Accounting for Fundamentalisms features treatments of fundamentalist movements, groups that often make headlines but are rarely understood, as part of the multivolume Fundamentalism Project. This book remains a standard reference source for comprehending the dynamics of fundamentalist movements around the world. Surveying fundamentalist movements in Christianity, Judaism, Islam, Hinduism, Sikhism, and Buddhism, the contributors to Accounting for Fundamentalisms describe the organization of these movements, their leadership and recruiting techniques, and the ways in which their ideological programs and organizational structures shift over time in response to changing political and social environments.
Since 1979 Southern Baptists have been noisily struggling to agree on symbols, beliefs, and practices as they attempt to make sense of their changing social world. Nancy Ammerman has carefully documented their struggle. She tells the story of the Baptist reversal from a moderate to a fundamentalist outlook and speculates on the future of the denomination.
Ammerman places change among the Southern Baptists in the context of the cultural and economic changes that have transformed the South from its rural past into an urbanizing, culturally diverse region. Not only did the South change; Southern Baptists did as well. Reflecting this diversity, the Southern Baptist bureaucracy was relatively progressive. During the 1960s and 1970s, moderate sentiments prevailed, while fundamentalists remained on the margins. These two were, however, becoming increasingly divergent in what they considered important about being a Baptist, in their views about the Bible, in their attitudes on the origination of women, on Christian morals, and on national politics.
Late in the 1970s, a fundamentalist coalition emerged, followed by unsuccessful efforts by moderates to oppose it. The battles escalated until 1985, when 45,000 Baptists gathered in Dallas to decide between contending presidential candidates. That dramatic event illustrated the extent to which organized political resources were determining the course of the conflict. Ammerman studies these strategies and resources as well.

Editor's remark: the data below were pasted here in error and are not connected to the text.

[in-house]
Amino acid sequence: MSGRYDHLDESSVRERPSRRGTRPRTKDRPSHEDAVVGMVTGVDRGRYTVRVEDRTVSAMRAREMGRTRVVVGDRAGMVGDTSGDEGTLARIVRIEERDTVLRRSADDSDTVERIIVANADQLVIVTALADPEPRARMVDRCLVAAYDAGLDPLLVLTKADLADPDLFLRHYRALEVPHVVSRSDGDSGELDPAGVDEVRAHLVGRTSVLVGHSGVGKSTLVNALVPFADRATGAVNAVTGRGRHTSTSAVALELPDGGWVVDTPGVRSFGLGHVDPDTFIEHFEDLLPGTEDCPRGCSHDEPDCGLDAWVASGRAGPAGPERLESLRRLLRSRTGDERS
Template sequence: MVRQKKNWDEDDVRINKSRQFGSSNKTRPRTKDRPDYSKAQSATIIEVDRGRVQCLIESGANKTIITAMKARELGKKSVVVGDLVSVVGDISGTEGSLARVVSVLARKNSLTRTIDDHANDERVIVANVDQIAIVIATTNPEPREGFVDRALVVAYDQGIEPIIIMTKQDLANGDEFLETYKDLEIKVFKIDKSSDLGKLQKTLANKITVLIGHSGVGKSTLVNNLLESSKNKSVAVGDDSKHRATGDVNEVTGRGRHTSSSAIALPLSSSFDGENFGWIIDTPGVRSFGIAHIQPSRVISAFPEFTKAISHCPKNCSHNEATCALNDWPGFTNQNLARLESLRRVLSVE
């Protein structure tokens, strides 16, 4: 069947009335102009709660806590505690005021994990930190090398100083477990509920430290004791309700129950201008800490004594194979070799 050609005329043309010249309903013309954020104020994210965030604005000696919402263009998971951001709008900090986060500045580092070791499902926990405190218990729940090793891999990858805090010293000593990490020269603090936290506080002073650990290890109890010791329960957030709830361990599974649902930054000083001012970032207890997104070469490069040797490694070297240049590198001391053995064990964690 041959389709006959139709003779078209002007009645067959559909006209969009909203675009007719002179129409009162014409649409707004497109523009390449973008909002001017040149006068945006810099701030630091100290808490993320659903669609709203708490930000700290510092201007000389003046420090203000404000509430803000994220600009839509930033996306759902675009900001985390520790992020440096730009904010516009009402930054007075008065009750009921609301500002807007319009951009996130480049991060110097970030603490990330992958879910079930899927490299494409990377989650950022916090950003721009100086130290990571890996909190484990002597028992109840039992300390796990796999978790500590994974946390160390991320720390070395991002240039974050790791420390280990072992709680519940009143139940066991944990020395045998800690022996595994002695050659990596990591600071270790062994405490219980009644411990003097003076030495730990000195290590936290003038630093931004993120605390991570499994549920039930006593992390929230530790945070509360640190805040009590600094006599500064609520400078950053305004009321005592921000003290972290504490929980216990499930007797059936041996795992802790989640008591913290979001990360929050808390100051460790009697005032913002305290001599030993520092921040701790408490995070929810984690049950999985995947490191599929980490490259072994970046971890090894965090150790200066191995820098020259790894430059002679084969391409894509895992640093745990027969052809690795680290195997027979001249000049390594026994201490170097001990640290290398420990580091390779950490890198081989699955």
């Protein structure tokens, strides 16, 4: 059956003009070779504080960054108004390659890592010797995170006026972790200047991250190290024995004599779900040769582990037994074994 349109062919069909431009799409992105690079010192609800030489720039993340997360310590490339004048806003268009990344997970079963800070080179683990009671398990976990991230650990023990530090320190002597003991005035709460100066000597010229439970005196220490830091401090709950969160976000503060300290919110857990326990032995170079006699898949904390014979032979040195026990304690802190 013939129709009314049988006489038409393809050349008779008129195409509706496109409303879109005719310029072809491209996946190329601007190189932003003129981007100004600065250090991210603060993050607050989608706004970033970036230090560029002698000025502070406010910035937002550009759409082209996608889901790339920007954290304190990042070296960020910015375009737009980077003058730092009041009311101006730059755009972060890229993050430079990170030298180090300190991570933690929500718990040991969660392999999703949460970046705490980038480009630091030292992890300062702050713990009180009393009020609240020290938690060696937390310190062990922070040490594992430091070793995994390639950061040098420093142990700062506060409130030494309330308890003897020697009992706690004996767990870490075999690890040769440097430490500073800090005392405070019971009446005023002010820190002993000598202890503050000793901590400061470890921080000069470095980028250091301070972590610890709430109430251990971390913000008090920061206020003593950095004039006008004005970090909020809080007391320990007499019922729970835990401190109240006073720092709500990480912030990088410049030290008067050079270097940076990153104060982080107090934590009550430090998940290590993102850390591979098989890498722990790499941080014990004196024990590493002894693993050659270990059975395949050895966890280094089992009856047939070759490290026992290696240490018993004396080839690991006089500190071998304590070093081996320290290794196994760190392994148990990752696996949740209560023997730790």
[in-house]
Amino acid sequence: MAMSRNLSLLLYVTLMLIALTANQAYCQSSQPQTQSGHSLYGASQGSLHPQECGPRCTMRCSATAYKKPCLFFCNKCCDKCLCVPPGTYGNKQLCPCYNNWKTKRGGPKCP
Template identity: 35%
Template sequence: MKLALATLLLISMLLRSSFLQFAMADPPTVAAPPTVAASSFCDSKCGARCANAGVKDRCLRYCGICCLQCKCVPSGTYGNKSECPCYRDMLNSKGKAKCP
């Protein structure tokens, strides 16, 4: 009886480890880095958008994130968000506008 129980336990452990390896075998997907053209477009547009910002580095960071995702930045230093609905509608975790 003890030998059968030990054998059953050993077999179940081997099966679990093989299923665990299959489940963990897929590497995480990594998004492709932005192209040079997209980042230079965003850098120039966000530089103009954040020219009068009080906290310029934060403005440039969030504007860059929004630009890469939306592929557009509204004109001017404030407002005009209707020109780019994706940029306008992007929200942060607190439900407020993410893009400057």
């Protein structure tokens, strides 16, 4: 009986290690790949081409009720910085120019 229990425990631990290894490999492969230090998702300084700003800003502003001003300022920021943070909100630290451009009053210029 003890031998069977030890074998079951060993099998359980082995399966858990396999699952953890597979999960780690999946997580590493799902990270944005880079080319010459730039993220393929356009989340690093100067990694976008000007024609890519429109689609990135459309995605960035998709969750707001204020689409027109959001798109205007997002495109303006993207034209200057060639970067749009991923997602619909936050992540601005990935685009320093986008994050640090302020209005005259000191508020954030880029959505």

Examining how this tension affected Baptists, Ammerman begins with case studies of the change it is producing in Baptist agencies. But she also brings us back to the local churches and individual believers who are renegotiating their relationships within their denomination. She asks whether the denomination’s polity can accommodate an increasingly diverse group of Baptists, of whether the only way dissidents can have a voice is through schism.
Bible believer (also Bible-believer,Bible-believing Christian,Bible-believing Church) is a self-description by conservative Christians to differentiate their teachings from others who see non- or extrabiblical tradition as higher or equal in authority.
In normal usage, "Bible believer" means an individual or organisation that believes the Christian Bible is true in some significant way. However, this combination of words is given a unique meaning in fundamentalist Protestant circles, where it is equated with the belief that the Christian Bible "contains no theological contradictions, historical discrepancies, or other such 'errors'", otherwise known as biblical inerrancy.
Congregation and Community
Ammerman, Nancy Rutgers University Press, 1996 Library of Congress BR526.A45 1997 | Dewey Decimal 250.973
Change--in population, economy, and culture--is sweeping through American communities. Corner groceries are stocking new foods. New roads are being built and Main Streets abandoned. Schools have come and gone, and old friends move away as strangers arrive. But in every community, no matter how volatile, religious institutions provide for their members places of moral guidance and spiritual nurture, civic participation, and identity.
How do congregations react to significant community change? Why do some religious institutions decline in the face of racial integration while others adapt and grow? How do congregations make sense of economic distress? Do they provide havens from community upheaval or vehicles for change? Congregation and Community is the most comprehensive study to date of congregations in the face of community transformation. Nancy Ammerman and her colleagues include stories of over twenty congregations in nine communities from across the nation, communities with new immigrant populations, growing groups of gays and lesbians, rapid suburbanization, and economic dislocations.
With almost half of the nation's population attending religious services each week, it is impossible to understand change in American society without a close look at congregations. Congregation and Community will exist as a standard resource for years to come, and clergy, academics, and general readers alike will benefit from its insights.